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The cost of convenience in the same-day delivery race landed a face when the BBC sent an undercover worker to film his night shifts in Swansea, Wales. Adam Littler, 23, took on the job of "picker," collecting orders from 800,000-square-feet of storage for ten hours a day, four days a week, with an hour break. A handset told him to find and put on his cart, and he received a time limit for finding and scanning product. If he made a mistake or was too slow the scanner beeped, but regardless, his progress was sent to his managers.
The BBC tapped Prof Marmot, an expert on stress at work, to discuss the downside of Amazon's system. He said the working conditions at the warehouse are "all the bad stuff at once," and that, "the characteristics of this type of job, the evidence shows increased risk of mental illness and physical illness."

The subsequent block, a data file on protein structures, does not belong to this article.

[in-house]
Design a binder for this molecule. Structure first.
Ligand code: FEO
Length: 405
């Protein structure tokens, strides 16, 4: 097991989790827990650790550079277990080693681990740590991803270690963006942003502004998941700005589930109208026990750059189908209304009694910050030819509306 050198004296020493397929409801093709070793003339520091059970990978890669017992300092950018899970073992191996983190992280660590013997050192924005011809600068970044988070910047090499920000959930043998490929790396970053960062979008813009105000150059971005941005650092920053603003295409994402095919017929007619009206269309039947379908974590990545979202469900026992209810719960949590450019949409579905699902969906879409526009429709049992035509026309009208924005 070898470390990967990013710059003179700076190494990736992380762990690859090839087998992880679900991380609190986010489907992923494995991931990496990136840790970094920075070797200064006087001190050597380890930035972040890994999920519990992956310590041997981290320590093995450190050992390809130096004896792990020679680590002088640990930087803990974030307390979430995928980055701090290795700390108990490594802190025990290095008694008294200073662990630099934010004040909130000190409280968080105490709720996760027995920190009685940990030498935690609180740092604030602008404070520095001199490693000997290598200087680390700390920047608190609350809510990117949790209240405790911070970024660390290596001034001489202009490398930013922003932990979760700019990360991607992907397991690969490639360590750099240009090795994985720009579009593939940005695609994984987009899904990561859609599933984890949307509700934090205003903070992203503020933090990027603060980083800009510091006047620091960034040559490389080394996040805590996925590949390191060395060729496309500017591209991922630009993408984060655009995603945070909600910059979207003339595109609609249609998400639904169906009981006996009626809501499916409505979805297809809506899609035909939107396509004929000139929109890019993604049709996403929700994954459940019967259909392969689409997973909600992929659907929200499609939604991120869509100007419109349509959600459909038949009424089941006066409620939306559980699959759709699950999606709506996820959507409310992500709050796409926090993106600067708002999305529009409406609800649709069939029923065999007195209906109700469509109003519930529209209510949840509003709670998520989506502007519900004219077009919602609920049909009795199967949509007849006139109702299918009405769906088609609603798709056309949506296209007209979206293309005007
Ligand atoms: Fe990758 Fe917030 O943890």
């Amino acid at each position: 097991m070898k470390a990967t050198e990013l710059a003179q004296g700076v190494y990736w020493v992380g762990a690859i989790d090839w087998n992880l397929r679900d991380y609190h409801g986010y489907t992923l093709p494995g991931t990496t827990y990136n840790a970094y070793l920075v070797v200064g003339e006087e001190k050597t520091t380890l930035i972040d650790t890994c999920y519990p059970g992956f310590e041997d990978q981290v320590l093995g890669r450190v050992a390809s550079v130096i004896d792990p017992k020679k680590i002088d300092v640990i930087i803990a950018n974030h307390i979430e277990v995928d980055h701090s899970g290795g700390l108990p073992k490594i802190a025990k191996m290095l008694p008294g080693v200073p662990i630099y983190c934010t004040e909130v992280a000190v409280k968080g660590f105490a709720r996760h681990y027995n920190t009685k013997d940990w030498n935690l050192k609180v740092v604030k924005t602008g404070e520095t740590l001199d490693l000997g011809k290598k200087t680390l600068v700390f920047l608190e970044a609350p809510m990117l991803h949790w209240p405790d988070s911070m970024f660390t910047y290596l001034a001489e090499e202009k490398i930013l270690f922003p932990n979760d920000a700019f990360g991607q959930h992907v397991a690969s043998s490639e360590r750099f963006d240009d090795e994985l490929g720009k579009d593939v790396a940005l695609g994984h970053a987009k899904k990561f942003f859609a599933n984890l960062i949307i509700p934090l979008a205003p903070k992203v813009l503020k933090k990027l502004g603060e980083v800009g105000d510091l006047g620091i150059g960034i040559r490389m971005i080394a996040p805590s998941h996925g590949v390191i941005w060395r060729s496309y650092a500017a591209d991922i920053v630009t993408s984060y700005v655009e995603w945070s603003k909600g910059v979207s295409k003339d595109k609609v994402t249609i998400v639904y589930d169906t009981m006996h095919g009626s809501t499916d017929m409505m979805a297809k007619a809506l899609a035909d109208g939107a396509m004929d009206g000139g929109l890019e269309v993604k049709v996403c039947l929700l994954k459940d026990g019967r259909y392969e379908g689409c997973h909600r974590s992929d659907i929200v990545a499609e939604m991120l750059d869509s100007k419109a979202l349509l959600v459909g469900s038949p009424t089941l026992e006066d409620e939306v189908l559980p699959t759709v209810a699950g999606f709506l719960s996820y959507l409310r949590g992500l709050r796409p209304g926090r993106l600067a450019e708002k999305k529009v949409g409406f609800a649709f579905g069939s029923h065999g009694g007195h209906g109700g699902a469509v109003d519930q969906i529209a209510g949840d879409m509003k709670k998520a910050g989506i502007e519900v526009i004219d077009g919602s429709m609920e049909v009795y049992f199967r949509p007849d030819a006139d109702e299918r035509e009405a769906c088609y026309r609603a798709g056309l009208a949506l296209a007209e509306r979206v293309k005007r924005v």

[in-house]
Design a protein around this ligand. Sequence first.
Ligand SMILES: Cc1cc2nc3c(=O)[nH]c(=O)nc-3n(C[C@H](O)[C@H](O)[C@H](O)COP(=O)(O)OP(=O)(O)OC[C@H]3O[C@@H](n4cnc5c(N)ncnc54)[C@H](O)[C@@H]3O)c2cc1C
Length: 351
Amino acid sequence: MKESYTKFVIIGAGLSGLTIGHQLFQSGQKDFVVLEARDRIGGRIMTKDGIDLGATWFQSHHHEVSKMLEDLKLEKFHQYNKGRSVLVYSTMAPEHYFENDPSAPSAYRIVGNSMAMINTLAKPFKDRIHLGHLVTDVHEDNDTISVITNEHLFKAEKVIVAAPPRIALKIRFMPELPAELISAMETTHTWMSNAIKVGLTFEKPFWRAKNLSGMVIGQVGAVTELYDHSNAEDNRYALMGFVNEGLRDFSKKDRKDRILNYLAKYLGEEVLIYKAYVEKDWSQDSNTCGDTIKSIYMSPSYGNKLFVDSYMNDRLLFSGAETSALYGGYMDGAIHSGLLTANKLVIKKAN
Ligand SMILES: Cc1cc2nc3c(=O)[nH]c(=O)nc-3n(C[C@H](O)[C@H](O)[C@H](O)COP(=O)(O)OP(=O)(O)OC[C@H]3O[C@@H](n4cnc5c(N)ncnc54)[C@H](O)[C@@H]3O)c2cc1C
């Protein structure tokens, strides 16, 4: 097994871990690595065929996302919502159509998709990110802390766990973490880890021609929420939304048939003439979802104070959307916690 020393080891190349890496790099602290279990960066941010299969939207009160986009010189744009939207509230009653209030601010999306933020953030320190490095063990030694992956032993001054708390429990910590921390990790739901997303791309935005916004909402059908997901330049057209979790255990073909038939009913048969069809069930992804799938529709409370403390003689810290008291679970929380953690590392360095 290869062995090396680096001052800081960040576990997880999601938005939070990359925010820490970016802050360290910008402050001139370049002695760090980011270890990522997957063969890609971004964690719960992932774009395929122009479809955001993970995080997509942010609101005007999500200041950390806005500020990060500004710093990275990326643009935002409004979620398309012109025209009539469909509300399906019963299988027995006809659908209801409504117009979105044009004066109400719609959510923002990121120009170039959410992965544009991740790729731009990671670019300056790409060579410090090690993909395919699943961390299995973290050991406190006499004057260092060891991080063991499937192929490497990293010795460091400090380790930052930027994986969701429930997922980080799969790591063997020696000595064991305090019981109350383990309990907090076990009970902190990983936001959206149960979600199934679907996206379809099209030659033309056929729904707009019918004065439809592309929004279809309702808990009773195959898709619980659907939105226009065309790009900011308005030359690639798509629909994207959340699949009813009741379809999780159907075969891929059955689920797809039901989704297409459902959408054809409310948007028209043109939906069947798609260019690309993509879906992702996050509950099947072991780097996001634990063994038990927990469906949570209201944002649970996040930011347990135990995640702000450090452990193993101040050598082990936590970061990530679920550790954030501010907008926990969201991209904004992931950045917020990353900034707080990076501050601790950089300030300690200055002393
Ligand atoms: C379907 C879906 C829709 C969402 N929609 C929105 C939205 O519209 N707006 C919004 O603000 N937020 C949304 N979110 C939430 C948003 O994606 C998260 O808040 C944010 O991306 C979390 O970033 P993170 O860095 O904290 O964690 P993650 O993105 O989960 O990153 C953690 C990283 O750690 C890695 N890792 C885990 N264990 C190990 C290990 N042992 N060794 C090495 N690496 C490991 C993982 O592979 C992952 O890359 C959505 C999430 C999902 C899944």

Amazon defends its warehouse worker conditions saying that its lawful in the UK, and they sought expert advice to ensure the shifts "comply with all relevant legal requirements." They also warn full time workers and the 15,000 workers brought on seasonally in country that it's physically demanding work. Happy holidays?
· Amazon Workers Face 'Increased Risk of Mental Illness' [BBC]
· Inside eBay's Insane One-Hour Delivery Scheme [Racked]